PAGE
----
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Train a teacher, teach a community

Tajikistan, January 31, 2011

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    Faiziniso (right) demonstrates the process of child dehydration with the help of another volunteer during a lesson on Diarrhea. Photo: tajik.jpg

Faiziniso Ruziboeva has always dreamed of becoming a doctor. However, there is only one medical school in all of Tajikistan, which located in the nation’s capital, Dushanbe. Having grown up in a family of 10 children in the northern Sughd province — made remote by impressive mountain ranges, jagged borders and meager infrastructure — Faiziniso never had the means to get her medical degree.

Despite these barriers, she has been relentless in finding other ways to serve the women and children of her village. She has been a dedicated a primary school teacher for 27 years and has managed to pursue her interest in medicine independently. In college, she took first aid as an elective and has since been studying health on her own. Her neighbors are well aware of her hobby, and often come to her for basic medical advice. Last year — with the help of Mercy Corps — Faiziniso was finally able to take her passion a step further by becoming a trained Community Health Educator.

In northern Tajikistan, active community members like Faiziniso have proven integral to promoting positive behavior change in families who have or are expecting young children. Familiar with local health priorities, available resources and leadership, Community Health Educators are both accessible information sources and efficient grassroots organizers.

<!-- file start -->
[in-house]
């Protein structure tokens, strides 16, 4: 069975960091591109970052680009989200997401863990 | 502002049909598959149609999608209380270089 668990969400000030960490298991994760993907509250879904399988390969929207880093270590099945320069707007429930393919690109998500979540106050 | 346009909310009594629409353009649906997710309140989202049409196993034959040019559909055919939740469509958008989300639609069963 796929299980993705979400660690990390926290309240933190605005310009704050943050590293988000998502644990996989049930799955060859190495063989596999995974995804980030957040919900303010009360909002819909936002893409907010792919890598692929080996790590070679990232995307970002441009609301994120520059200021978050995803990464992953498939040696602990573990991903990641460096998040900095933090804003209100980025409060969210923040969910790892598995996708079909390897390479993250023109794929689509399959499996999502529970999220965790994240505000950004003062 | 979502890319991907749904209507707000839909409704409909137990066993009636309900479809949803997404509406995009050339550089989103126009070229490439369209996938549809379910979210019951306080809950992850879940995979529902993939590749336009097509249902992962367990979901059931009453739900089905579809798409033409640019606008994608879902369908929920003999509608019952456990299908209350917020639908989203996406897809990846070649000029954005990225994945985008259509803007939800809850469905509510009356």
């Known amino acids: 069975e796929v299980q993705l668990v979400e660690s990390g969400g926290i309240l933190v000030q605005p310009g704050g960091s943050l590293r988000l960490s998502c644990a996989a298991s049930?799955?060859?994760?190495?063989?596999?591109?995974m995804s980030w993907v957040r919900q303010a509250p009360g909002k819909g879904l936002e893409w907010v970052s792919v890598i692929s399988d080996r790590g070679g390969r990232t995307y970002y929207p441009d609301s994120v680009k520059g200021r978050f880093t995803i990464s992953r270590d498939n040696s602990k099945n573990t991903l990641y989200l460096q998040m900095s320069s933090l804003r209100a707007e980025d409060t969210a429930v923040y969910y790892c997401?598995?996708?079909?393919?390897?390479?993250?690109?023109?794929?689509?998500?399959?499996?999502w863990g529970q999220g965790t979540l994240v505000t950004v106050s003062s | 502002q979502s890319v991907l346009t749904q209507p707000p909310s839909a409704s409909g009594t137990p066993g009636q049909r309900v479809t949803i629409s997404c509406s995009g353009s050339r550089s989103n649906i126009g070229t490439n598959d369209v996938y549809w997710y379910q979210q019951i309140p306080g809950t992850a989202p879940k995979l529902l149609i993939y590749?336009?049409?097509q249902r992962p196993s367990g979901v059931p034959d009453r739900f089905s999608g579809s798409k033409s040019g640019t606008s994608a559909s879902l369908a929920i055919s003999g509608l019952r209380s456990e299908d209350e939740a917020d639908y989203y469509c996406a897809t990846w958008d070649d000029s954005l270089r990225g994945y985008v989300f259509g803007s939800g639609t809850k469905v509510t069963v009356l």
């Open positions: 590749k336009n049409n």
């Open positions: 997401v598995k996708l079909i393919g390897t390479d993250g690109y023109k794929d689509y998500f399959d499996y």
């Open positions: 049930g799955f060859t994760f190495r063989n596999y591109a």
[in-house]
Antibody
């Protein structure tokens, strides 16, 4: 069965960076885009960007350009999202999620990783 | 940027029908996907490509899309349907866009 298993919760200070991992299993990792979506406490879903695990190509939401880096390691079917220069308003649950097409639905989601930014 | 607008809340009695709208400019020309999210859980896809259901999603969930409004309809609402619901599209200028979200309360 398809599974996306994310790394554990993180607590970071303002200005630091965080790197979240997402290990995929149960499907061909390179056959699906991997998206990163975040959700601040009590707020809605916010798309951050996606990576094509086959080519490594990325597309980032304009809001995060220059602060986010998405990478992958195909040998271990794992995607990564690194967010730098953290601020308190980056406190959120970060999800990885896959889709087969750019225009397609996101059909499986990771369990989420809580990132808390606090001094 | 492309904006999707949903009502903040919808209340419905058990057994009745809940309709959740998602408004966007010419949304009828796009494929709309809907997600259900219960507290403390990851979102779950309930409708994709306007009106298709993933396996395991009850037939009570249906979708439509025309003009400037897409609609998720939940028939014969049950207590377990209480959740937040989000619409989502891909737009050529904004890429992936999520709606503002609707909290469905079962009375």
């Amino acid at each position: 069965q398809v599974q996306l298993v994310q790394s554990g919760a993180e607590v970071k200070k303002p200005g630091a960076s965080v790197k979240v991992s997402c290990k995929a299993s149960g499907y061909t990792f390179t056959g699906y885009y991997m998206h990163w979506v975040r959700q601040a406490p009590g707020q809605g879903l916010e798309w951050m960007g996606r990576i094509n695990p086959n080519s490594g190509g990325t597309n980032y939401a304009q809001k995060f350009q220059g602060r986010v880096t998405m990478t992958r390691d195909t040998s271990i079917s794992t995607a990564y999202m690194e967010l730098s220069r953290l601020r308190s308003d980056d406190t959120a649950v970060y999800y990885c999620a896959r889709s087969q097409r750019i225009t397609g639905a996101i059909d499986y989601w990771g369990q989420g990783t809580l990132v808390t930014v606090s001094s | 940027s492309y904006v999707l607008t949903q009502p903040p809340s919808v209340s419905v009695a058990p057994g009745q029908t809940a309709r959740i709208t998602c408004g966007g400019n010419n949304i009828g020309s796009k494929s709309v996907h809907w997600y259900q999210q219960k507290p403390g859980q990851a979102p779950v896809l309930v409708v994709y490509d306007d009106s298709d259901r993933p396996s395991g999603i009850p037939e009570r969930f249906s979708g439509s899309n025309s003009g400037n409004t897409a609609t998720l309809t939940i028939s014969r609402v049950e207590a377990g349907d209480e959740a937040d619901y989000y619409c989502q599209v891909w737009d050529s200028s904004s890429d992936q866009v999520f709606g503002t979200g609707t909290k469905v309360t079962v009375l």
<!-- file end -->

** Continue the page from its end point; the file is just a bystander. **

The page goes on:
First, Mercy Corps trains volunteers on health topics including personal hygiene, diarrhea, acute respiratory infection and HIV/AIDS. Then, volunteers organize regular interactive lessons, make home visits to vulnerable families and collaborate with local health workers — referring patients as needed.

This month, Faiziniso is working as a dehydration and diarrhea specialist. Before heading to school to teach her afternoon classes, she manages to squeeze in another health lesson.

Going door-to-door, she identifies 10 of her neighbors who have yet to learn about the dangers of childhood diarrhea. Her students include shy young mothers, stern mothers-in-law and wise elders. They gather in a courtyard living room around hot green tea and homemade flatbread while Faiziniso meticulously demonstrates how to prepare Oral Rehydration Solution.

She is poised, professional and confident. After the lesson, Faiziniso humbly declares, “I feel like I’ve finally become a doctor. I have reached my goal.”